HubPages Google AnalyticsThis is used to provide data on traffic to our website, all personally identifyable data is anonymized. (Privacy Policy)
    HubPages Traffic PixelThis is used to collect data on traffic to articles and other pages on our site. Unless you are signed in to a HubPages account, all personally identifiable information is anonymized.
    Amazon Web ServicesThis is a cloud services platform that we used to host our service. (Privacy Policy)
    CloudflareThis is a cloud CDN service that we use to efficiently deliver files required for our service to operate such as javascript, cascading style sheets, images, and videos. (Privacy Policy)
    Google Hosted LibrariesJavascript software libraries such as jQuery are loaded at endpoints on the googleapis.com or gstatic.com domains, for performance and efficiency reasons. (Privacy Policy)
    Features
    Google Custom SearchThis is feature allows you to search the site. (Privacy Policy)
    Google MapsSome articles have Google Maps embedded in them. (Privacy Policy)
    Google ChartsThis is used to display charts and graphs on articles and the author center. (Privacy Policy)
    Google AdSense Host APIThis service allows you to sign up for or associate a Google AdSense account with HubPages, so that you can earn money from ads on your articles. No data is shared unless you engage with this feature. (Privacy Policy)
    Google YouTubeSome articles have YouTube videos embedded in them. (Privacy Policy)
    VimeoSome articles have Vimeo videos embedded in them. (Privacy Policy)
    PaypalThis is used for a registered author who enrolls in the HubPages Earnings program and requests to be paid via PayPal. No data is shared with Paypal unless you engage with this feature. (Privacy Policy)
    Facebook LoginYou can use this to streamline signing up for, or signing in to your Hubpages account. No data is shared with Facebook unless you engage with this feature. (Privacy Policy)
    MavenThis supports the Maven widget and search functionality. (Privacy Policy)
    Marketing
    Google AdSenseThis is an ad network. (Privacy Policy)
    Google DoubleClickGoogle provides ad serving technology and runs an ad network. (Privacy Policy)
    Index ExchangeThis is an ad network. (Privacy Policy)
    SovrnThis is an ad network. (Privacy Policy)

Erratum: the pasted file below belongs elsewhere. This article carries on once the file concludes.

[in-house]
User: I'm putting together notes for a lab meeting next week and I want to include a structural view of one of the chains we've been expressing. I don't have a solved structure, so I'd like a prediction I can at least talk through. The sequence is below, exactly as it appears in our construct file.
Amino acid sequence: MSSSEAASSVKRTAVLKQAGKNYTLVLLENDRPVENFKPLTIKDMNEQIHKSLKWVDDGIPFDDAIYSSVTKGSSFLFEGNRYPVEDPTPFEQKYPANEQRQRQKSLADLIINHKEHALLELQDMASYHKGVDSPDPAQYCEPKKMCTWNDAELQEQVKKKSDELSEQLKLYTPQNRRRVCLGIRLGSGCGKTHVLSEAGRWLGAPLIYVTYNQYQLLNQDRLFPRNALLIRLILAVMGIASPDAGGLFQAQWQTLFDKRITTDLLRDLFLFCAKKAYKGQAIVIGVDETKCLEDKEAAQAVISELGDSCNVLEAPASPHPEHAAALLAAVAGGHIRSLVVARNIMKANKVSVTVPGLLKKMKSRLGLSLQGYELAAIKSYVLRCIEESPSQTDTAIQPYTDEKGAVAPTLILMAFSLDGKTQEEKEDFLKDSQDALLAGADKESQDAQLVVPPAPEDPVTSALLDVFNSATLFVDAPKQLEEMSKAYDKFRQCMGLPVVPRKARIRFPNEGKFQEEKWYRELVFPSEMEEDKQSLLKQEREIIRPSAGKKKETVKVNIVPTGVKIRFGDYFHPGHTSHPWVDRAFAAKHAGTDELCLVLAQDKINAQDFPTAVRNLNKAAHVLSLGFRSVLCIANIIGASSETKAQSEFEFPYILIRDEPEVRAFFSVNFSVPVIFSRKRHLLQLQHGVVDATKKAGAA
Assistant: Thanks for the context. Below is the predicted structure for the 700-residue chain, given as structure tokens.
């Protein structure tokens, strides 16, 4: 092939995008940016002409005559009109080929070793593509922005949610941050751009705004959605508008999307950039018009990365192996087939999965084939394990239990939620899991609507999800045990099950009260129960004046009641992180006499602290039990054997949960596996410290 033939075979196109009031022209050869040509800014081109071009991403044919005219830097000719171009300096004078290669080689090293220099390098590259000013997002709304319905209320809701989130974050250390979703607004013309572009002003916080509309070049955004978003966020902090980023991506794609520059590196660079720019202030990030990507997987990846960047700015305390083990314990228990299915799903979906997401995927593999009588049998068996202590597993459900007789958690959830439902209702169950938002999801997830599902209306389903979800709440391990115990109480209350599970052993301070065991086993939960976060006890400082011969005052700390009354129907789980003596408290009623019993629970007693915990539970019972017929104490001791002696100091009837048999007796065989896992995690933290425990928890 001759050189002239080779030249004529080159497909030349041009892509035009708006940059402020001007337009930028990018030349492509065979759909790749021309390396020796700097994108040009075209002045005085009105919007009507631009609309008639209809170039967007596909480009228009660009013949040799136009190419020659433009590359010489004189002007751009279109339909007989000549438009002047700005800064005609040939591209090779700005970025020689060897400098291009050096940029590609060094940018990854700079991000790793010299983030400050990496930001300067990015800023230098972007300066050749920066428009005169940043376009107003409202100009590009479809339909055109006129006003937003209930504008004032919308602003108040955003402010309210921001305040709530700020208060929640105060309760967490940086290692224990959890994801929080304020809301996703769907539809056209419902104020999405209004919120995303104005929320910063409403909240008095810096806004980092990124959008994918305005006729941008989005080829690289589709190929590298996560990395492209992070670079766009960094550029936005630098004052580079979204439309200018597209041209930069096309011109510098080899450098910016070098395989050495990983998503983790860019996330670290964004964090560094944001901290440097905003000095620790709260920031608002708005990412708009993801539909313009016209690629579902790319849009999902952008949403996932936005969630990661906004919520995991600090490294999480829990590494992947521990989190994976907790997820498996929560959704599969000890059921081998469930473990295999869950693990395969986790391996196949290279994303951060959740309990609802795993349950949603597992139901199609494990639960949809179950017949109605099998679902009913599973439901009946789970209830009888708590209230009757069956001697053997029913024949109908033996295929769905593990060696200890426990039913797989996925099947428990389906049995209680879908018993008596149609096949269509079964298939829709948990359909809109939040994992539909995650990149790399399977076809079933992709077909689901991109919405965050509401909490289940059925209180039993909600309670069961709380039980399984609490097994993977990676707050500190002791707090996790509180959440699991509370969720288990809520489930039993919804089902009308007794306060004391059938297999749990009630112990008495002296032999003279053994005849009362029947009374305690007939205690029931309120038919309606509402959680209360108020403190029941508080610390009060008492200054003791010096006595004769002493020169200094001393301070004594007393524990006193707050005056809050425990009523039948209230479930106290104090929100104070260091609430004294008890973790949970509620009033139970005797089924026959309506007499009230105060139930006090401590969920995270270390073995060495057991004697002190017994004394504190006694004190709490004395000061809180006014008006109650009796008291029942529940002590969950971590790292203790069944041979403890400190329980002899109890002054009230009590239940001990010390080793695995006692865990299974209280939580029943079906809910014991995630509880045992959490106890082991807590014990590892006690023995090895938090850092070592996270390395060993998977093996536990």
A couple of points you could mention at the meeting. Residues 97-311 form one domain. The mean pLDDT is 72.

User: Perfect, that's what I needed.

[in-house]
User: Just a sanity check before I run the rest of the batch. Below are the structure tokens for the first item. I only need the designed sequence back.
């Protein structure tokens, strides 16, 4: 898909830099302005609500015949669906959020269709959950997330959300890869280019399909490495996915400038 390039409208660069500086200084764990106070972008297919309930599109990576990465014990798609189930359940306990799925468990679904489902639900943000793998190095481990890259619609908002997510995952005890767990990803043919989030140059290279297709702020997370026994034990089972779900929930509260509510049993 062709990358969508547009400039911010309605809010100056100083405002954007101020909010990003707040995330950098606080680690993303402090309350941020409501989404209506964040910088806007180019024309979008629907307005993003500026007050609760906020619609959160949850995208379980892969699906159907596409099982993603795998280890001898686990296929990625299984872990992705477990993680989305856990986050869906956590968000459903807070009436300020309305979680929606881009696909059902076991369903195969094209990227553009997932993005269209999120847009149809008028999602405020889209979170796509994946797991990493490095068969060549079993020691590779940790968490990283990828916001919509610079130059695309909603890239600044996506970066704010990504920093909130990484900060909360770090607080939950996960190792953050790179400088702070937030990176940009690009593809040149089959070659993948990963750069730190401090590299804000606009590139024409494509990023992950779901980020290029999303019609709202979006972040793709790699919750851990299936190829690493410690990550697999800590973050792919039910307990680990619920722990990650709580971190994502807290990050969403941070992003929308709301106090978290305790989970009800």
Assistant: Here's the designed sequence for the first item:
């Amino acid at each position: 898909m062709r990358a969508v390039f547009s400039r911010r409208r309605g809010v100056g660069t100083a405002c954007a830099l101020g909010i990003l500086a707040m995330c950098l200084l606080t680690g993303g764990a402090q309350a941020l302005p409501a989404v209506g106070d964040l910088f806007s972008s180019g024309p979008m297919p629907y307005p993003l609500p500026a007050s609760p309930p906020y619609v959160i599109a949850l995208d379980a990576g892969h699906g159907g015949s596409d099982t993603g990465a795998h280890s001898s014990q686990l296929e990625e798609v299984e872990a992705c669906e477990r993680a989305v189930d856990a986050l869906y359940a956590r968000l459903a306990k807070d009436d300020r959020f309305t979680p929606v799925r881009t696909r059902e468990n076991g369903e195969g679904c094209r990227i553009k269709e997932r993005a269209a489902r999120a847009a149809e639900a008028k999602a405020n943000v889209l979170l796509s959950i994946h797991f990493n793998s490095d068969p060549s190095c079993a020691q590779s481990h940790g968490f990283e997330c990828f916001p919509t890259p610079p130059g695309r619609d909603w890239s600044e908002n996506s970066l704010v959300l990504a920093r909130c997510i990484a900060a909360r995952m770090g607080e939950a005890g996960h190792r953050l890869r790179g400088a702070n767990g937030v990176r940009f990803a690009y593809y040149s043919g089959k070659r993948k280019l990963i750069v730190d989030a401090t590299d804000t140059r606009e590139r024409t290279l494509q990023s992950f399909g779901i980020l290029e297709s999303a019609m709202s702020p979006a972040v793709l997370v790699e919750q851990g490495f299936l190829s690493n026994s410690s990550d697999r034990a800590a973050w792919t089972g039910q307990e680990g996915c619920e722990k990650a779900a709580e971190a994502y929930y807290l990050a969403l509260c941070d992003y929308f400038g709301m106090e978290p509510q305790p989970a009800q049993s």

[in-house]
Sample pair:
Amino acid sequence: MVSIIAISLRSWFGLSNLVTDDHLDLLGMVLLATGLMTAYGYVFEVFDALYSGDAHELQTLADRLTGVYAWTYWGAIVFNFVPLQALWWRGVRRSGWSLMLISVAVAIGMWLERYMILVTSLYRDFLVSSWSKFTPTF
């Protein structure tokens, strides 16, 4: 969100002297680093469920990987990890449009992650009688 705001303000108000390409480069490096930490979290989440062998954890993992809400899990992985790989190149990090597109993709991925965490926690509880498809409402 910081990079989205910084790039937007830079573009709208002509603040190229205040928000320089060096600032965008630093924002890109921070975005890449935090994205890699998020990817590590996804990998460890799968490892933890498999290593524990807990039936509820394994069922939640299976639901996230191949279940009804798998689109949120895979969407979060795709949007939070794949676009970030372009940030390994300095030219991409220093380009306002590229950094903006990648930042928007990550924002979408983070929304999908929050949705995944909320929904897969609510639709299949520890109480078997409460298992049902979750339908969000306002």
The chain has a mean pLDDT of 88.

Facebook AdsThis is an ad network. (Privacy Policy)
    Amazon Unified Ad MarketplaceThis is an ad network. (Privacy Policy)
    AppNexusThis is an ad network. (Privacy Policy)
    OpenxThis is an ad network. (Privacy Policy)
    Rubicon ProjectThis is an ad network. (Privacy Policy)
    TripleLiftThis is an ad network. (Privacy Policy)
    Say MediaWe partner with Say Media to deliver ad campaigns on our sites. (Privacy Policy)
    Remarketing PixelsWe may use remarketing pixels from advertising networks such as Google AdWords, Bing Ads, and Facebook in order to advertise the HubPages Service to people that have visited our sites.
    Conversion Tracking PixelsWe may use conversion tracking pixels from advertising networks such as Google AdWords, Bing Ads, and Facebook in order to identify when an advertisement has successfully resulted in the desired action, such as signing up for the HubPages Service or publishing an article on the HubPages Service.
    Statistics
    Author Google AnalyticsThis is used to provide traffic data and reports to the authors of articles on the HubPages Service. (Privacy Policy)
    ComscoreComScore is a media measurement and analytics company providing marketing data and analytics to enterprises, media and advertising agencies, and publishers. Non-consent will result in ComScore only processing obfuscated personal data. (Privacy Policy)
    Amazon Tracking PixelSome articles display amazon products as part of the Amazon Affiliate program, this pixel provides traffic statistics for those products (Privacy Policy)